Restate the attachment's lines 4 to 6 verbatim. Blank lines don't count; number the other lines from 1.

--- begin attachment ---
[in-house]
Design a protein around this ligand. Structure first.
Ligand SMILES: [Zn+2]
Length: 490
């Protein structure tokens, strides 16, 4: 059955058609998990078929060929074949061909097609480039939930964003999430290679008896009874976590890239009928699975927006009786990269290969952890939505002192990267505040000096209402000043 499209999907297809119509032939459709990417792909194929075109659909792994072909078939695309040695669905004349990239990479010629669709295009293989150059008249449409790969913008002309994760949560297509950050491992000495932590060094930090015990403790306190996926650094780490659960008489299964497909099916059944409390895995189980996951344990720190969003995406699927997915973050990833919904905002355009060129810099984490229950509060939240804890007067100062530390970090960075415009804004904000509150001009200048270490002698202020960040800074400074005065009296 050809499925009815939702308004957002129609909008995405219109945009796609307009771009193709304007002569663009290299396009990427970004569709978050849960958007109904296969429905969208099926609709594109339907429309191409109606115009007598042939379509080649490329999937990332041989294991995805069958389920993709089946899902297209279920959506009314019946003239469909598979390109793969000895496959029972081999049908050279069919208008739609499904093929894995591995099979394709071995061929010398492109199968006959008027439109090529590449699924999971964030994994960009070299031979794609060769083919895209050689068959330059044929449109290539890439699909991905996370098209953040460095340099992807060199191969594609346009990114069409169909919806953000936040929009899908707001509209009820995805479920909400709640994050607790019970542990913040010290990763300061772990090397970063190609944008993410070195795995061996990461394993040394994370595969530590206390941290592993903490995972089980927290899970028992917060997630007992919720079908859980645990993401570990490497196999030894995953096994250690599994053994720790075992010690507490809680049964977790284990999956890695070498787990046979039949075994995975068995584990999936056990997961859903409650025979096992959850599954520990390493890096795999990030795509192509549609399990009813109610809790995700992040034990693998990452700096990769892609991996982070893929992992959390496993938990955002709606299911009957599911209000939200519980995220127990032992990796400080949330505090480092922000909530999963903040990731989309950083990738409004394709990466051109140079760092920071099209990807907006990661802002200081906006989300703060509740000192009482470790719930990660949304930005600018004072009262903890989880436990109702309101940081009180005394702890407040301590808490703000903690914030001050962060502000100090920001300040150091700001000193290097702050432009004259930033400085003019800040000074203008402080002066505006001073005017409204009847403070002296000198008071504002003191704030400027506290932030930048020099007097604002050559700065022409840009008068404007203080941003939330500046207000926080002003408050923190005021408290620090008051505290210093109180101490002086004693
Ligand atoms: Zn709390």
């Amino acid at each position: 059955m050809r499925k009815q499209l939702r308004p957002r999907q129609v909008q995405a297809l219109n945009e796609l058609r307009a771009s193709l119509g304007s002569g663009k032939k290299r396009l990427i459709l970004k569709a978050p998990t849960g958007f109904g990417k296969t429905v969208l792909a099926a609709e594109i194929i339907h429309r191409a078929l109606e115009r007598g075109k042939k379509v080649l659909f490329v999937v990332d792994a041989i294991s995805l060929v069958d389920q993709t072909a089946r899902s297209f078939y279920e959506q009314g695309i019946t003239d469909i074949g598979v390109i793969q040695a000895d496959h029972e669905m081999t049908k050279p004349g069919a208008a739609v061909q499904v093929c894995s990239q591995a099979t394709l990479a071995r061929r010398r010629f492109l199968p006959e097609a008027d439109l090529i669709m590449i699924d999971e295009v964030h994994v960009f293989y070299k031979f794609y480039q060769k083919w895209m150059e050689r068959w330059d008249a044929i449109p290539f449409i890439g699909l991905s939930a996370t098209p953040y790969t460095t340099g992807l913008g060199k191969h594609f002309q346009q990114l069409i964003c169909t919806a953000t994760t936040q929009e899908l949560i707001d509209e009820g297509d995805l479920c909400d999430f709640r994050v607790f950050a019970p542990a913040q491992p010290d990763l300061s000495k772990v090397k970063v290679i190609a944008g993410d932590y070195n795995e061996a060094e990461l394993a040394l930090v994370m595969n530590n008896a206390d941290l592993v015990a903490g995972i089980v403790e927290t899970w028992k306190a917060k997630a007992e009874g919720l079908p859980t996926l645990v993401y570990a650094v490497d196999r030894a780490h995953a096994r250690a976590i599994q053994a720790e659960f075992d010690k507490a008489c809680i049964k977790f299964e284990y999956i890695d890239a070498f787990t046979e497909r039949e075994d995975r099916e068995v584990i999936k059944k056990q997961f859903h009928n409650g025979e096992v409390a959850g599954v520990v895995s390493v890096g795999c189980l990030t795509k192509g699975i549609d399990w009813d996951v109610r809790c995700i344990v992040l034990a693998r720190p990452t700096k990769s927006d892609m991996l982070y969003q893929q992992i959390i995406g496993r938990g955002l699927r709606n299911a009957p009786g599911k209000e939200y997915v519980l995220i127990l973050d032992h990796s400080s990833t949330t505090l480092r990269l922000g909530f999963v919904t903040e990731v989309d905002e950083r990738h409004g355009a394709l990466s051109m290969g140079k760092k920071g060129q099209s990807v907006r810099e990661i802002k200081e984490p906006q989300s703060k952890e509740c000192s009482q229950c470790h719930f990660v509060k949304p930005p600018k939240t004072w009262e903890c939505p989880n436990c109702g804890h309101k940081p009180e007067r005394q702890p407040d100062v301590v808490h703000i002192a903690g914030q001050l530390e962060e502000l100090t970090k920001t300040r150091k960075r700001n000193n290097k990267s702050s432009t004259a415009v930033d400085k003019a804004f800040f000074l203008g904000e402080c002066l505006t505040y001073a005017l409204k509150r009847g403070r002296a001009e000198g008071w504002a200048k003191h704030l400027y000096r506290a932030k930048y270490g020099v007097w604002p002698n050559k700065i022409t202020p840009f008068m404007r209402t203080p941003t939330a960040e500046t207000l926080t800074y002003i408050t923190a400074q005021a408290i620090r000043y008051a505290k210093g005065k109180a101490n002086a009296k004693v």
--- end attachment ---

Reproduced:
Length: 490
């Protein structure tokens, strides 16, 4: 059955058609998990078929060929074949061909097609480039939930964003999430290679008896009874976590890239009928699975927006009786990269290969952890939505002192990267505040000096209402000043 499209999907297809119509032939459709990417792909194929075109659909792994072909078939695309040695669905004349990239990479010629669709295009293989150059008249449409790969913008002309994760949560297509950050491992000495932590060094930090015990403790306190996926650094780490659960008489299964497909099916059944409390895995189980996951344990720190969003995406699927997915973050990833919904905002355009060129810099984490229950509060939240804890007067100062530390970090960075415009804004904000509150001009200048270490002698202020960040800074400074005065009296 050809499925009815939702308004957002129609909008995405219109945009796609307009771009193709304007002569663009290299396009990427970004569709978050849960958007109904296969429905969208099926609709594109339907429309191409109606115009007598042939379509080649490329999937990332041989294991995805069958389920993709089946899902297209279920959506009314019946003239469909598979390109793969000895496959029972081999049908050279069919208008739609499904093929894995591995099979394709071995061929010398492109199968006959008027439109090529590449699924999971964030994994960009070299031979794609060769083919895209050689068959330059044929449109290539890439699909991905996370098209953040460095340099992807060199191969594609346009990114069409169909919806953000936040929009899908707001509209009820995805479920909400709640994050607790019970542990913040010290990763300061772990090397970063190609944008993410070195795995061996990461394993040394994370595969530590206390941290592993903490995972089980927290899970028992917060997630007992919720079908859980645990993401570990490497196999030894995953096994250690599994053994720790075992010690507490809680049964977790284990999956890695070498787990046979039949075994995975068995584990999936056990997961859903409650025979096992959850599954520990390493890096795999990030795509192509549609399990009813109610809790995700992040034990693998990452700096990769892609991996982070893929992992959390496993938990955002709606299911009957599911209000939200519980995220127990032992990796400080949330505090480092922000909530999963903040990731989309950083990738409004394709990466051109140079760092920071099209990807907006990661802002200081906006989300703060509740000192009482470790719930990660949304930005600018004072009262903890989880436990109702309101940081009180005394702890407040301590808490703000903690914030001050962060502000100090920001300040150091700001000193290097702050432009004259930033400085003019800040000074203008402080002066505006001073005017409204009847403070002296000198008071504002003191704030400027506290932030930048020099007097604002050559700065022409840009008068404007203080941003939330500046207000926080002003408050923190005021408290620090008051505290210093109180101490002086004693
Ligand atoms: Zn709390």